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There is no need to feel intimidated and there are no prerequisites for this course. Since you have a heart and are living, you qualify to love and be loved. Maybe you haven’t felt much love in your life or didn’t have healthy examples to follow growing up. Maybe due to bad, hurtful relationships; your view of love has been distorted or tainted. It is never too late to learn how to receive and give love in a way that is fulfilling, healthy, and wonderful. I grew up with a family that wasn’t very affectionate or loving. On the contrary, it was a mean and unloving environment for the most part because, as I would later find out, they were repeating habits and beliefs shown to them about what it meant to love and be loved (I’ll save this for another post). However, I knew this wasn’t how I wanted to live my life or what I wanted my family to be like when I grew up and had one. Instead of repeating the unhealthy behaviors that didn’t make me feel loved at all, I chose to do the opposite of what I saw and what I was receiving. As a result; I’m warm, I hug, I kiss, I smile, I laugh (a lot), I edify those around me, and am comfortable now being mushy when it comes to the people I love and care about. It took me some time to get to this place in my life, however. I had to unlearn the unhealthy love habits introduced to me at a very young age and that shaped my view of what it meant to love and be loved by someone. I had to be brave enough to try, blindly, through practical application my interpretations of how I felt love was supposed to be given and received. I tried and failed and then tried some more until I began making and seeing progress in my relationships both platonic and romantic. I replaced the unhealthy love habits with better ones; I studied people in successful, loving relationships and observed how they acted in love. I paid attention to the words they used when they communicated with each other, their temperaments, and their use of practical application to show each other love. I then took my notes and tailored them to my personality and relationships because I realized it was no use in professing my love for someone if my actions didn’t compliment the things I said.
After all, how can we profess love for someone if we have no idea what it means to love? You don’t need to be a genius, but you do need to be willing to learn and try new things out with practical application to see what works for you and your loved ones. Love is not a generic, one-size-fit all experience. Love should be tailor made to fit each individual relationship. Learning how to evolve in love is also crucial. I still make mistakes because I’m still learning and growing personally as an individual, but I’m determined to leave my mark of love on the people who I’m blessed to encounter. It’s very important for the people around me to feel loved by me. So, I will forever be a student of love. So, let’s get started. Class is now in session at Love U! Patch Adams said it best, “Imagine if we taught Love in schools as a subject like math…what a different world we would live in.” Yes Patch I do agree! So here goes.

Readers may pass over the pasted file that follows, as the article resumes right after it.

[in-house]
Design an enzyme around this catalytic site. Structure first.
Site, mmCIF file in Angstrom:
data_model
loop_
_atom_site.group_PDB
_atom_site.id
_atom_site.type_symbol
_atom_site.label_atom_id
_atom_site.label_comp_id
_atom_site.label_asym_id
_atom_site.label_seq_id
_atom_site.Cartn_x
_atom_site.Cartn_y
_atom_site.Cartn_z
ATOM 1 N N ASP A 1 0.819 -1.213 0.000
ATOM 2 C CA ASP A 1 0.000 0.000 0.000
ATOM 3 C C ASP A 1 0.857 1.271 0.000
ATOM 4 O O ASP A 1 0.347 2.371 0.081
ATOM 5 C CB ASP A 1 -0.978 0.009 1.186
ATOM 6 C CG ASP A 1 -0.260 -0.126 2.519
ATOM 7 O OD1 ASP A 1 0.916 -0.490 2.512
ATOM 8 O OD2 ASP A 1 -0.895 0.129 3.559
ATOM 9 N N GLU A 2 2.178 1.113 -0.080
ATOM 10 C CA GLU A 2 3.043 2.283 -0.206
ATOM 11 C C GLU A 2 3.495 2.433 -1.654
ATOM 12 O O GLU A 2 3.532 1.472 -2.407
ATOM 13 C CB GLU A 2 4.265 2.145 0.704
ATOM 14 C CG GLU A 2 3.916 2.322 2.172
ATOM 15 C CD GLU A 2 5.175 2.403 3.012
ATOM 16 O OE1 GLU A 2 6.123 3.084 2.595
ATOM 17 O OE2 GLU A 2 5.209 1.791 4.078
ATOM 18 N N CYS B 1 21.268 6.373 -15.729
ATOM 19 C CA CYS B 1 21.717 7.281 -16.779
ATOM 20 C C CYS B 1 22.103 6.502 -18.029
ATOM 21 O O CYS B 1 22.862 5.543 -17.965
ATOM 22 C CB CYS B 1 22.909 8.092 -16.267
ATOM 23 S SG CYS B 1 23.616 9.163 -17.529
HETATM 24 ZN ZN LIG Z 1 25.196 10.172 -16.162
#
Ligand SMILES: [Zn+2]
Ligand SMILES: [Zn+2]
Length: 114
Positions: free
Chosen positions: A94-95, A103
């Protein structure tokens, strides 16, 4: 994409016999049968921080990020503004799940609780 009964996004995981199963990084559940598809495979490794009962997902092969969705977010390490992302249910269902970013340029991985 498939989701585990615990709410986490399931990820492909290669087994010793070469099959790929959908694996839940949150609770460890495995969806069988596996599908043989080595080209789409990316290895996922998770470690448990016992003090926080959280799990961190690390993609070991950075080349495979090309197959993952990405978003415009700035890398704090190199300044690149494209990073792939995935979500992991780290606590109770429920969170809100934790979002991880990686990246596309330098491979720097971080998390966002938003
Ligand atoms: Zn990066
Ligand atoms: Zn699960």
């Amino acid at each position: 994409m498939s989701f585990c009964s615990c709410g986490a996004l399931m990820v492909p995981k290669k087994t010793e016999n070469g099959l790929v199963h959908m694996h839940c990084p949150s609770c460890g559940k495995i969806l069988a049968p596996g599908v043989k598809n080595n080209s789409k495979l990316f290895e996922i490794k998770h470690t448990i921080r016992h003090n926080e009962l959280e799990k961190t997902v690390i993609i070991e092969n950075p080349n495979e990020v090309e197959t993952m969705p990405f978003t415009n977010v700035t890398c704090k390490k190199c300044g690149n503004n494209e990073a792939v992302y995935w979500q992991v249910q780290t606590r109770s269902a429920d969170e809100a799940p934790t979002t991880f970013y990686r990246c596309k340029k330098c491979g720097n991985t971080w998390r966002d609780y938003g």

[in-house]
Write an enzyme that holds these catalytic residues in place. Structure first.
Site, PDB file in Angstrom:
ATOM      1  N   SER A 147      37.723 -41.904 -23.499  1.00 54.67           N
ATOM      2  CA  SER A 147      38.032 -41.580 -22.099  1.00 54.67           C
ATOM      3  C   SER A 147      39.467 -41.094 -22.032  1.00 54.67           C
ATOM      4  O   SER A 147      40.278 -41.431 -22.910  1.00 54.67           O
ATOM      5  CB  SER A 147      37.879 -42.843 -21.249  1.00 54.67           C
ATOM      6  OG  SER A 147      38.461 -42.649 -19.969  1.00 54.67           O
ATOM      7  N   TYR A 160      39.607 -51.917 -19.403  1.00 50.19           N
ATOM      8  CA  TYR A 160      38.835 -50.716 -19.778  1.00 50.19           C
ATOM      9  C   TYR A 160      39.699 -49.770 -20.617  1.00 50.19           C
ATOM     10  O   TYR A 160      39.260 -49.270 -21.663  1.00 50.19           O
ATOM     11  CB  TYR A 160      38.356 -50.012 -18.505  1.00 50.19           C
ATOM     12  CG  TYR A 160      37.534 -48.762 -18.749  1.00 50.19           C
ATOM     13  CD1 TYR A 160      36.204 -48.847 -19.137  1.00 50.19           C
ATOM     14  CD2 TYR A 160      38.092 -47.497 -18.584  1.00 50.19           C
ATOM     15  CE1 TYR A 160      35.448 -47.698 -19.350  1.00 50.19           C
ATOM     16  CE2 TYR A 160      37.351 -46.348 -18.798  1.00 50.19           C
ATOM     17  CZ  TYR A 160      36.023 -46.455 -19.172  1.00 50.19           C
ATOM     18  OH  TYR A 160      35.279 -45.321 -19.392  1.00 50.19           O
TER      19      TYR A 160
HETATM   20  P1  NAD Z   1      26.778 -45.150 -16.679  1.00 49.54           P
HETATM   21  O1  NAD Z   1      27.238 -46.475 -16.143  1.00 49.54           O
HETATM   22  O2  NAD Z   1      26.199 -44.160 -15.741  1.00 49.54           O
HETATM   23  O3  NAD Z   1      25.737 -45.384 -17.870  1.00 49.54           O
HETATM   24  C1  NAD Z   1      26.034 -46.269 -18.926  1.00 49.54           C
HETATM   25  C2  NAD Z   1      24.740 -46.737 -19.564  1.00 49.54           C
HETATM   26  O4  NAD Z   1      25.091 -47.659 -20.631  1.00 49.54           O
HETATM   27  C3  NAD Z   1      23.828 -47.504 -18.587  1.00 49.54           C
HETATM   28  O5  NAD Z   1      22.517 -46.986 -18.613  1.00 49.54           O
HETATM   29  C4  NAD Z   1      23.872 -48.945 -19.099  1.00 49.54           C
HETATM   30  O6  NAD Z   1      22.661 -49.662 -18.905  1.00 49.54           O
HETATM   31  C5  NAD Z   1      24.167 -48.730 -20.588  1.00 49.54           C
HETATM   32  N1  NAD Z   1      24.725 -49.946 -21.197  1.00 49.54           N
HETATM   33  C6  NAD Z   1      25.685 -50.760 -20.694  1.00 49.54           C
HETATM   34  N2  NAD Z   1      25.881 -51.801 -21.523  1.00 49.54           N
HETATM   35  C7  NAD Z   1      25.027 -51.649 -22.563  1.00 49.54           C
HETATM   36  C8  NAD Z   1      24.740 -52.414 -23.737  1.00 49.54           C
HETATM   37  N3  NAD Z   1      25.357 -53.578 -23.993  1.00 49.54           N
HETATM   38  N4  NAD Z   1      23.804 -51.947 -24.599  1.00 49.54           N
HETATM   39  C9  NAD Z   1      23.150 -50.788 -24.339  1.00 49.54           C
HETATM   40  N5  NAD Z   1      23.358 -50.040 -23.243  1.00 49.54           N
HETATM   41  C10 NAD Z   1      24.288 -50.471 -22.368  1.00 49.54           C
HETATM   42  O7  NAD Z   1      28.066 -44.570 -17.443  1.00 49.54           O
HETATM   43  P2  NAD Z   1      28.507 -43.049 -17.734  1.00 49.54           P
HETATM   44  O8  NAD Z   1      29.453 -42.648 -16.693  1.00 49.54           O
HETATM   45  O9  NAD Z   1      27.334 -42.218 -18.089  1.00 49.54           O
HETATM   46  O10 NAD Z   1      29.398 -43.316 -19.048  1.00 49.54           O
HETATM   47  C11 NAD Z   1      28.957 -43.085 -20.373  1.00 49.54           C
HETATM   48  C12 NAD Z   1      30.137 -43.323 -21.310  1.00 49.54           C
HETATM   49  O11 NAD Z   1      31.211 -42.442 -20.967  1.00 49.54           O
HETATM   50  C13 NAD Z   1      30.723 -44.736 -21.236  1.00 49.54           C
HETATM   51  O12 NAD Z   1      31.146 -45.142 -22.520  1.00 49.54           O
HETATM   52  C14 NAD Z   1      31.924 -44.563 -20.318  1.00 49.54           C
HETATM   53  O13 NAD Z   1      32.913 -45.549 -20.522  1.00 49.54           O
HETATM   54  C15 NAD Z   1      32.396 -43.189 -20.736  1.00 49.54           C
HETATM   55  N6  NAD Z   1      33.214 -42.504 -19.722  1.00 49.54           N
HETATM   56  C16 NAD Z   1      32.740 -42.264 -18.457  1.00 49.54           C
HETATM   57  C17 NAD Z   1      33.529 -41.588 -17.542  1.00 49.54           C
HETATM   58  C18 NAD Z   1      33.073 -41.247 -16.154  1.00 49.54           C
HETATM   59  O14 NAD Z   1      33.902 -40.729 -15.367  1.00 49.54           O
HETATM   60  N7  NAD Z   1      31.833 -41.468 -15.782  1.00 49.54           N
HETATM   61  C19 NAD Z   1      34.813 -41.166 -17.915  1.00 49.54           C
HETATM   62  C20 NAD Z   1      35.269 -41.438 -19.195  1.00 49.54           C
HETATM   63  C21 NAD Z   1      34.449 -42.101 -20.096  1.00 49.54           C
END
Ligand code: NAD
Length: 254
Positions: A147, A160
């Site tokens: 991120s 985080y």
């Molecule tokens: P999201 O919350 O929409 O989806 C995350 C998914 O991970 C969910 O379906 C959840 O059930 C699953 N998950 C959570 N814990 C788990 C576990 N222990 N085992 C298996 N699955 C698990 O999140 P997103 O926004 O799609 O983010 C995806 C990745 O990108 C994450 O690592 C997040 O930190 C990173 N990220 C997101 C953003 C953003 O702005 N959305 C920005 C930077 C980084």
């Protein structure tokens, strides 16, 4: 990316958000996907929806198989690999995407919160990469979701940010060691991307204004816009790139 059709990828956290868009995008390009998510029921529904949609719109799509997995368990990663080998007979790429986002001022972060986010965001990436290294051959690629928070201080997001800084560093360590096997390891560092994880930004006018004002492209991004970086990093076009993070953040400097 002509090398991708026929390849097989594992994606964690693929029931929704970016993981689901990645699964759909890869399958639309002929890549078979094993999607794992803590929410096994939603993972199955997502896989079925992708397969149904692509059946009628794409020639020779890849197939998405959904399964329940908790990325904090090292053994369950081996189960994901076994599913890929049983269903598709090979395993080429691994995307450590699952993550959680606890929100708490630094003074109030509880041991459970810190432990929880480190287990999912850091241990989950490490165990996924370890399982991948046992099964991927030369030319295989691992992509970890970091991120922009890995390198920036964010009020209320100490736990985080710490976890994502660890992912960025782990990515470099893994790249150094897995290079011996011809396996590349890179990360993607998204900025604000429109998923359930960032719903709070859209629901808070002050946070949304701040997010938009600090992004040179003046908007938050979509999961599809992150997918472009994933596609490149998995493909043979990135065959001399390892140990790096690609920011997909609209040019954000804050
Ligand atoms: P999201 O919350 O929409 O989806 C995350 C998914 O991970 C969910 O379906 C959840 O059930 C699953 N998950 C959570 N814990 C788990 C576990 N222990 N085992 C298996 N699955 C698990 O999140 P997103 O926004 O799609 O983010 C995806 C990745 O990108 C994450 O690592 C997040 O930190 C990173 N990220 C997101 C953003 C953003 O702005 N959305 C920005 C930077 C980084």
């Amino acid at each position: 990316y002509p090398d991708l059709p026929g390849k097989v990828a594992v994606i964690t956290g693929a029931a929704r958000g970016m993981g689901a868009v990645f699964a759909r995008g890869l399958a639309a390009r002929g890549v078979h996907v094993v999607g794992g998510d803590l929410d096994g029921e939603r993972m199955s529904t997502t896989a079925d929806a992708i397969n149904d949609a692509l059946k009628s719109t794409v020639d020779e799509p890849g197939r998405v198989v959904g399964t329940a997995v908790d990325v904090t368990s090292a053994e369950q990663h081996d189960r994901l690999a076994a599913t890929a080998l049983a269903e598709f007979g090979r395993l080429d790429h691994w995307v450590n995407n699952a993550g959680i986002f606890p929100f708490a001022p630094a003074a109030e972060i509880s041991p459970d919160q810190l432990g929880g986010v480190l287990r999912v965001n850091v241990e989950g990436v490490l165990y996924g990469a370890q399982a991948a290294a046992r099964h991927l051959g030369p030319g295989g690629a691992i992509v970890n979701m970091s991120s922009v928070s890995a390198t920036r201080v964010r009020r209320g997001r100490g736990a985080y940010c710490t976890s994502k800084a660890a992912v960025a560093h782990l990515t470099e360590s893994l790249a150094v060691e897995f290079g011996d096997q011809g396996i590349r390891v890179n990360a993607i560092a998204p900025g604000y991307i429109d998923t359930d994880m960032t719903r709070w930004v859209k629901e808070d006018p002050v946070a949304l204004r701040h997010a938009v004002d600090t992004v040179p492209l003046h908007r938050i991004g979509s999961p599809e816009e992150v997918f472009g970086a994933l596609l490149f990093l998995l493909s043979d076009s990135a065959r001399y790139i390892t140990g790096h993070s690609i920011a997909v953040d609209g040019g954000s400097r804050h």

Thefreedictionary.com defines love (n.) to mean: 1. A deep, tender, ineffable feeling of affection and solicitude toward a person, such as that arising from kinship, recognition of attractive qualities, or a sense of underlying oneness. 2. A feeling of intense desire and attraction toward a person with whom one is disposed to make a pair; the emotion of sex and romance. Love (v.) means: 1. To have an intense emotional attachment to 2. To embrace or caress. 3. To like or desire enthusiastically 4. To thrive on; need: Love (v.intr.)1. To experience deep affection or intense desire for another.
Love is subjective and is shown and interpreted in as many ways as there are people and animals on the planet. Love is demonstrated in some of the following actions; kindness, respect, consideration, a decision, hard work, friendship, communication and sharing, affection, honesty, responsibility, vulnerability, trust, action, emotional attachment and the list can go on and on.
Love isn’t violence, abuse, selfishness, pain, jealously, possessiveness, hurtful actions, doing harm to someone, dependency, manipulation, deceit, the physical act of sex without emotional attachment, and this list too is endless, but you get the picture. Love is not self-seeking and it is not a weapon used to inflict pain upon someone. Anyone who says otherwise is lying and is not seeking to love, but to harm and destroy. Love doesn’t tear down, it builds up.
So now that our foundation for love has been laid, we can build upon it by developing our love vocabulary. In the next course of Love U we will start with the basics of building our love vocabulary! Until then, share with me some of your personal definitions of love?
With Love & Gratitude,